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solar system

solar system

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Published by: api-3808551 on Oct 17, 2008
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Sun

Mankind will not remain on Earth forever, but in its quest for light and space will at first timidly penetrate
beyond the confines of the atmosphere, and later will conquer for itself all the space near the Sun. - Konstantin
E. Tsiolkovsky

Sun Introduction
S
un Statistics
E
clipse & Sun Movies
V
iews of the Sun
Solar Discoveries
S
un Exploration
Chronology
S
harpest View of the Sun
S
un's Place in the Galaxy
S
olar Mystery Nears
Solution
S
olar Flare Leaves Sun
Quaking
S
olar Atmosphere Gets
Hot
S
un Picture/Animation
Gallery
T
he Day the Solar Wind
Disappeared
T
race Discovers Moss on
the Sun
F
ountains of Fire
Educator's Guides
G
uide to Convection
G
uide to Eclipses
G
uide to Sunspots
Sun Resources
S
olar Data Analysis Center
T
he High Altitude
Observatory
N
ational Solar Observatory
C
urrent Solar Images
T
oday's Space Weather
U
lysses Home Page
U
lysses/ESA Home Page
T
he Sun - A Multimedia
Tour
E
xploratorium Solar
Eclipse

The Sun is the most prominent feature in our solar
system. It is the largest object and contains approximately
98% of the total solar system mass. One hundred and nine
Earths would be required to fit across the Sun's disk, and
its interior could hold over 1.3 million Earths. The Sun's
outer visible layer is called the photosphere and has a
temperature of 6,000\u00b0C (11,000\u00b0F). This layer has a
mottled appearance due to the turbulent eruptions of
energy at the surface.

Solar energy is created deep within the core of the Sun. It
is here that the temperature (15,000,000\u00b0 C; 27,000,000\u00b0
F) and pressure (340 billion times Earth's air pressure at
sea level) is so intense that nuclear reactions take place.
This reaction causes four protons or hydrogen nuclei to
fuse together to form one alpha particle or helium
nucleus. The alpha particle is about .7 percent less
massive than the four protons. The difference in mass is
expelled as energy and is carried to the surface of the
Sun, through a process known asconvection, where it is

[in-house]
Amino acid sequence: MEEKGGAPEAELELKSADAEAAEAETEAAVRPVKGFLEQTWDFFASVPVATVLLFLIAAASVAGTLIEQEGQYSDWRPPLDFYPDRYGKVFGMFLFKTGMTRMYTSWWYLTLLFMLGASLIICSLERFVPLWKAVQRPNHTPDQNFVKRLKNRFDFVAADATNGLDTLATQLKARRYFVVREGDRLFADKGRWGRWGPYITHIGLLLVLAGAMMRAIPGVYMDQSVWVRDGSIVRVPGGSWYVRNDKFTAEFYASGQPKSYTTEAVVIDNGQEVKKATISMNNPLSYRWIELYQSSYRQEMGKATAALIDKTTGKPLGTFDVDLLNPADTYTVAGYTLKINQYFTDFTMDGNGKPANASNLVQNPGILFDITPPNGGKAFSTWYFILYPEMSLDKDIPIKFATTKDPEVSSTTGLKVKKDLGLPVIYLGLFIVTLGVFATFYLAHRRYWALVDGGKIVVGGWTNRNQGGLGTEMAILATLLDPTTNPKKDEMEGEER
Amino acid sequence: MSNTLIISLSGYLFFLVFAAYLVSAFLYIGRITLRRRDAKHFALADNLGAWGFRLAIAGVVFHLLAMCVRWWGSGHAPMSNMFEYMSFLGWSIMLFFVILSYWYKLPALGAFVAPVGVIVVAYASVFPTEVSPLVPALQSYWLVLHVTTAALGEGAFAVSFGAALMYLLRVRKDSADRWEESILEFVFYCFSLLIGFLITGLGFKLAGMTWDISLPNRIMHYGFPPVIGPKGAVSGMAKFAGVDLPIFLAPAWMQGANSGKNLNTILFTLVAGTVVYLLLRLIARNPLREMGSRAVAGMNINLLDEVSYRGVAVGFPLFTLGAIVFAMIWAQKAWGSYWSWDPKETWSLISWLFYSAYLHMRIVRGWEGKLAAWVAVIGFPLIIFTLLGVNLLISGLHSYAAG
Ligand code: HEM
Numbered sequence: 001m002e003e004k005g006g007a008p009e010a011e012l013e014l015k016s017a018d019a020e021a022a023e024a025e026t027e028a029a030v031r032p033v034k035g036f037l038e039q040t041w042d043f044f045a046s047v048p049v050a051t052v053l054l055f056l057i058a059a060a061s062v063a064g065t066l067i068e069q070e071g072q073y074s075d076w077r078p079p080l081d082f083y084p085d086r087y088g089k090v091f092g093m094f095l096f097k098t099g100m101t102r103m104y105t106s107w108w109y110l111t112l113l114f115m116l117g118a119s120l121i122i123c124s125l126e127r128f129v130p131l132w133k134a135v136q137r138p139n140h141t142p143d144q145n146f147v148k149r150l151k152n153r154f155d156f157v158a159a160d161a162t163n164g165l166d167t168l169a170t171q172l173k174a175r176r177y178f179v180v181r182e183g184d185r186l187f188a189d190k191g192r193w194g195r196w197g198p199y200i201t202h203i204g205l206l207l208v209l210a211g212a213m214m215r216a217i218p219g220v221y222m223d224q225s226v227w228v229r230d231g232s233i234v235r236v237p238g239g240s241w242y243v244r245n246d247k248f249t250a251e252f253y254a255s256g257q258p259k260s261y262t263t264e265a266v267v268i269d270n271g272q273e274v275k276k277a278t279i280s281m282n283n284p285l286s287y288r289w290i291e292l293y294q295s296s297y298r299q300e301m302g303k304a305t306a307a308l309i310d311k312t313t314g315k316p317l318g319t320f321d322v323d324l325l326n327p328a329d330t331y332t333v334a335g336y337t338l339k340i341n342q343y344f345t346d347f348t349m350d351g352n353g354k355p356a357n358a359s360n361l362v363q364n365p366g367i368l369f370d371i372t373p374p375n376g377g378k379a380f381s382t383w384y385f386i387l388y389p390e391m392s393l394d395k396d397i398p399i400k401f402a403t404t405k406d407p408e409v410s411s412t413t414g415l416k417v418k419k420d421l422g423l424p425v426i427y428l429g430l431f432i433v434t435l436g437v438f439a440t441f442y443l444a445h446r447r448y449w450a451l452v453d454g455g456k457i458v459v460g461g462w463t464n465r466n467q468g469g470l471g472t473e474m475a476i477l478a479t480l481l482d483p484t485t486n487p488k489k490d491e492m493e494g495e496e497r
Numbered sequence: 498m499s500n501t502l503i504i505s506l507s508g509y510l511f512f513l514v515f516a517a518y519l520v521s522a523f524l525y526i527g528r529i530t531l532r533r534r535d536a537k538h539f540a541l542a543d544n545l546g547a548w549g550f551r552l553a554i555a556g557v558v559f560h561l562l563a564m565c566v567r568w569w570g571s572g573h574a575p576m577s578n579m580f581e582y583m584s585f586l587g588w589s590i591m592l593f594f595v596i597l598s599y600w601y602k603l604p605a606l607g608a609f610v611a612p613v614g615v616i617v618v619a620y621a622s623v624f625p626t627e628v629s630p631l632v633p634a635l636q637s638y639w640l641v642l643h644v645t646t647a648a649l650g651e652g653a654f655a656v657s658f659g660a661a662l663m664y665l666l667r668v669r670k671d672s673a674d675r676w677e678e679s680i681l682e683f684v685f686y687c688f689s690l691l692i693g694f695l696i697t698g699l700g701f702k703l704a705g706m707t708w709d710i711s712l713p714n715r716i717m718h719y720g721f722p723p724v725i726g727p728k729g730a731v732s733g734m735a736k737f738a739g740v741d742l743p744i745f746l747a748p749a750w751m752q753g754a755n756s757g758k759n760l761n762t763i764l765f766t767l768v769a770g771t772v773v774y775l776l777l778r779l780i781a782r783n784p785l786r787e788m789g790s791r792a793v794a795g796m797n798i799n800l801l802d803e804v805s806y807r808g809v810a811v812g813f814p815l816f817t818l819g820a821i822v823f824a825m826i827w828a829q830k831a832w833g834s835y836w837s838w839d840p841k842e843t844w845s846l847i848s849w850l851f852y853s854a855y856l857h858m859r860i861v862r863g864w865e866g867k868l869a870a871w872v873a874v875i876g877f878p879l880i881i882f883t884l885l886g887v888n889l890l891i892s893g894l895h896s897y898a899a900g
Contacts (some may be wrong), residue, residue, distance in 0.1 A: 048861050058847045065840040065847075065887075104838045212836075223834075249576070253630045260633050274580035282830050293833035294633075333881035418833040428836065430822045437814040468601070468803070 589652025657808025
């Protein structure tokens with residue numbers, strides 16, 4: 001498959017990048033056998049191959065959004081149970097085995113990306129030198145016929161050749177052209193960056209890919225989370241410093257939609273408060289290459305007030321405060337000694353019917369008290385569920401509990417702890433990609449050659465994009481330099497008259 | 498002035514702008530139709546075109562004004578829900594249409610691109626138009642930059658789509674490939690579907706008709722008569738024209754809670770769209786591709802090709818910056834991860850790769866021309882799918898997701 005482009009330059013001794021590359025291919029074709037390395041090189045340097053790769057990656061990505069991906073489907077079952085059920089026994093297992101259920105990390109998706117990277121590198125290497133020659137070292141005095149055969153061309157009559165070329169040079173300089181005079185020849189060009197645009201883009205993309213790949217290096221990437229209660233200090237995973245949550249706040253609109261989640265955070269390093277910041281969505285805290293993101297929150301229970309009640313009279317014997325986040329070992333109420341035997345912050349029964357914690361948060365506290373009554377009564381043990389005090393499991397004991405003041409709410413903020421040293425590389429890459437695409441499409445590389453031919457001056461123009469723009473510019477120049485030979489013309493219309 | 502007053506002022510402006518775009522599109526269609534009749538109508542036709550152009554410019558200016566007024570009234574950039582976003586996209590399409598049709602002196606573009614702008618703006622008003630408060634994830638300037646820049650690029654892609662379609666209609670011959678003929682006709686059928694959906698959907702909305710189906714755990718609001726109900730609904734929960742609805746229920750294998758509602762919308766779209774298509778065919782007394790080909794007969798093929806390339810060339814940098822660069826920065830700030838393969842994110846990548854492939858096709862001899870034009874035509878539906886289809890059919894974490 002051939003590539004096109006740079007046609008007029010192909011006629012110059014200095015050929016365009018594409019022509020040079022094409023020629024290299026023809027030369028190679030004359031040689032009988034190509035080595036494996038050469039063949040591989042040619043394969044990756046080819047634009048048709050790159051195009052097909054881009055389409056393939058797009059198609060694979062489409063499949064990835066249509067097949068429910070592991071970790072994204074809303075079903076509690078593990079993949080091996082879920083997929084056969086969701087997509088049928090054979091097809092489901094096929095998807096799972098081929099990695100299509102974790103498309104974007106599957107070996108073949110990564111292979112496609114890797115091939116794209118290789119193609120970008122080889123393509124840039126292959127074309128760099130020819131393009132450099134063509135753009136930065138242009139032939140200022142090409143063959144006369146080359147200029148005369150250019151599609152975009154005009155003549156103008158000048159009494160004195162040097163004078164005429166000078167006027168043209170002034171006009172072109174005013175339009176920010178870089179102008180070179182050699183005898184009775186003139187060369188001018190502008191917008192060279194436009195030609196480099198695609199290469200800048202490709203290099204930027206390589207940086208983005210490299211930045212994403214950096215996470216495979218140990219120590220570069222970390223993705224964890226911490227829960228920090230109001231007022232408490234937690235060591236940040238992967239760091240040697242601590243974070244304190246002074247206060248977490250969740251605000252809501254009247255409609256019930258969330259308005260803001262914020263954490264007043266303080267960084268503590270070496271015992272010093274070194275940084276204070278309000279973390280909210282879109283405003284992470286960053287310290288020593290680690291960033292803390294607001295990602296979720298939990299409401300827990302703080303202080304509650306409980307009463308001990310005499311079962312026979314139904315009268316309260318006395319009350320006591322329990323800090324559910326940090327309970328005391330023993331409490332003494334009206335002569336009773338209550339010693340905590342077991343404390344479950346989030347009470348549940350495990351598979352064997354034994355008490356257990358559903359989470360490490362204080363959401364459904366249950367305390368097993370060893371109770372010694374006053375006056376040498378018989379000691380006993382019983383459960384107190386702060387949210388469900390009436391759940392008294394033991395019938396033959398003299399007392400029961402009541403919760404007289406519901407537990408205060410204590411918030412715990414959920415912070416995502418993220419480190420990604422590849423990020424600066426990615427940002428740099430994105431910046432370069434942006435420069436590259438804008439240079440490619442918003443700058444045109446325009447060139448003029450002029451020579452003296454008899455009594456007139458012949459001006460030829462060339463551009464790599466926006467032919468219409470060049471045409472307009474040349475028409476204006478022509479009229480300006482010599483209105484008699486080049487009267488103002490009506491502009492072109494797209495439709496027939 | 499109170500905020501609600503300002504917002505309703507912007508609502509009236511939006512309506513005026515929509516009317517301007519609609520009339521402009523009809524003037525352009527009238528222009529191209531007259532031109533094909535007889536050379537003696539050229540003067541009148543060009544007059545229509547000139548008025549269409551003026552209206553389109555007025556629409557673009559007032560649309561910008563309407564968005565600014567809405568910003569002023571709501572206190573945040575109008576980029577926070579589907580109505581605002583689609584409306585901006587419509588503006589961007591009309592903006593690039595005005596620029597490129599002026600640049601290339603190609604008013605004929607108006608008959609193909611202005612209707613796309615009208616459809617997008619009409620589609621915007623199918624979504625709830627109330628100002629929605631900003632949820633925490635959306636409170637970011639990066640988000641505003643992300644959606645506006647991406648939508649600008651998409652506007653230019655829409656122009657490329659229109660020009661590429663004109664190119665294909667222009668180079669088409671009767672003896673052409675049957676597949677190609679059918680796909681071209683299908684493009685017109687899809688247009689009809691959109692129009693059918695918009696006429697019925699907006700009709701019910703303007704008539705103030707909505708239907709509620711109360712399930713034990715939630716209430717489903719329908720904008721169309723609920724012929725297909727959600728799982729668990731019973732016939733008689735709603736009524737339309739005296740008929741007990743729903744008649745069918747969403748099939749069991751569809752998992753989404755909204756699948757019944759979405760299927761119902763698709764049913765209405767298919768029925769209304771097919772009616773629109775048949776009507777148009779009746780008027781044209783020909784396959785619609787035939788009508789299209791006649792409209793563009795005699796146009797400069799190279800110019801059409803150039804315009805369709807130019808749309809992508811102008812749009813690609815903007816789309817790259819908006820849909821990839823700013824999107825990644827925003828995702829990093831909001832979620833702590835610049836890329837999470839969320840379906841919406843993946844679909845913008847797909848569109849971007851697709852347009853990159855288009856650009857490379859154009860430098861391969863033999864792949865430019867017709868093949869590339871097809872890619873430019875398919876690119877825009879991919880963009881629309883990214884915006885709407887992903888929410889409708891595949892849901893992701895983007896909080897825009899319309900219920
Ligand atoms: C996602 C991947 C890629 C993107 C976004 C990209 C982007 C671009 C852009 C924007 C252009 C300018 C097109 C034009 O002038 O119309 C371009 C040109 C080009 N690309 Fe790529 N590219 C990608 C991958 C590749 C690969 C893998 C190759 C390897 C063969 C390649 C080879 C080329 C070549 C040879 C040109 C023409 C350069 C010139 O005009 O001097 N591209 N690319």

released as light and heat. Energy generated in the Sun's
core takes a million years to reach its surface. Every
second 700 million tons of hydrogen are converted into
heliumashes. In the process 5 million tons of pure energy
is released; therefore, as time goes on the Sun is
becoming
lighter.

The
chromosphere is above the photosphere. Solar
energy
passes through this region on its way out from the
center of the
Sun. Faculae and flares arise in the chromosphere.
Faculae are
bright luminous hydrogen clouds which form above
regions
where sunspots are about to form. Flares are bright
filaments of
hot gas emerging from sunspot regions. Sunspots
are dark
depressions on the photosphere with a typical
temperature
of 4,000\u00b0C (7,000\u00b0F).

The corona is the outer part of the Sun's atmosphere. It is in this region thatprominences appears. Prominences
are immense clouds of glowing gas that erupt from the upper chromosphere. The outer region of the corona
stretches far into space and consists of particles traveling slowly away from the Sun. The corona can only be
seen during total solar eclipses. (See Solar Eclipse Image).

The Sun appears to have been active for 4.6 billion years and has enough fuel to go on for another five billion years or so. At the end of its life, the Sun will start to fuse helium into heavier elements and begin to swell up, ultimately growing so large that it will swallow the Earth. After a billion years as a red giant, it will suddenly collapse into a white dwarf -- the final end product of a star like ours. It may take a trillion years to cool off completely.

Sun Statistics
Mass (kg)
1.989e+30
Mass (Earth = 1)
332,830
Equatorial radius (km)
695,000
Equatorial radius (Earth = 1)
108.97
Mean density (gm/cm^3)
1.410
Rotational period (days)
25-36*
Escape velocity (km/sec)
618.02
Luminosity (ergs/sec)
3.827e33
Magnitude (Vo)
-26.8
Mean surface temperature
6,000\u00b0C
Age (billion years)
4.5

Principal chemistry
Hydrogen
Helium
Oxygen
Carbon
Nitrogen
Neon
Iron
Silicon
Magnesium
Sulfur
All others

92.1%
7.8%
0.061%
0.030%
0.0084%
0.0076%
0.0037%
0.0031%
0.0024%
0.0015%
0.0015%

* The Sun's period of rotation at the surface varies from approximately 25 days at the equator to 36 days at the
poles. Deep down, below the convective zone, everything appears to rotate with a period of 27 days.
Earth Introduction
My view of our planet was a glimpse of divinity.
-Edgar Mitchell, USA
Table of Contents
Earth Introduction

Earth Statistics
Earth Movies
Views of the Earth

Earth's Moon
T
he Moon
Earth Science
E
arth's Interior & Plate
Tectonics
E
arth From Space
C
louds From Space

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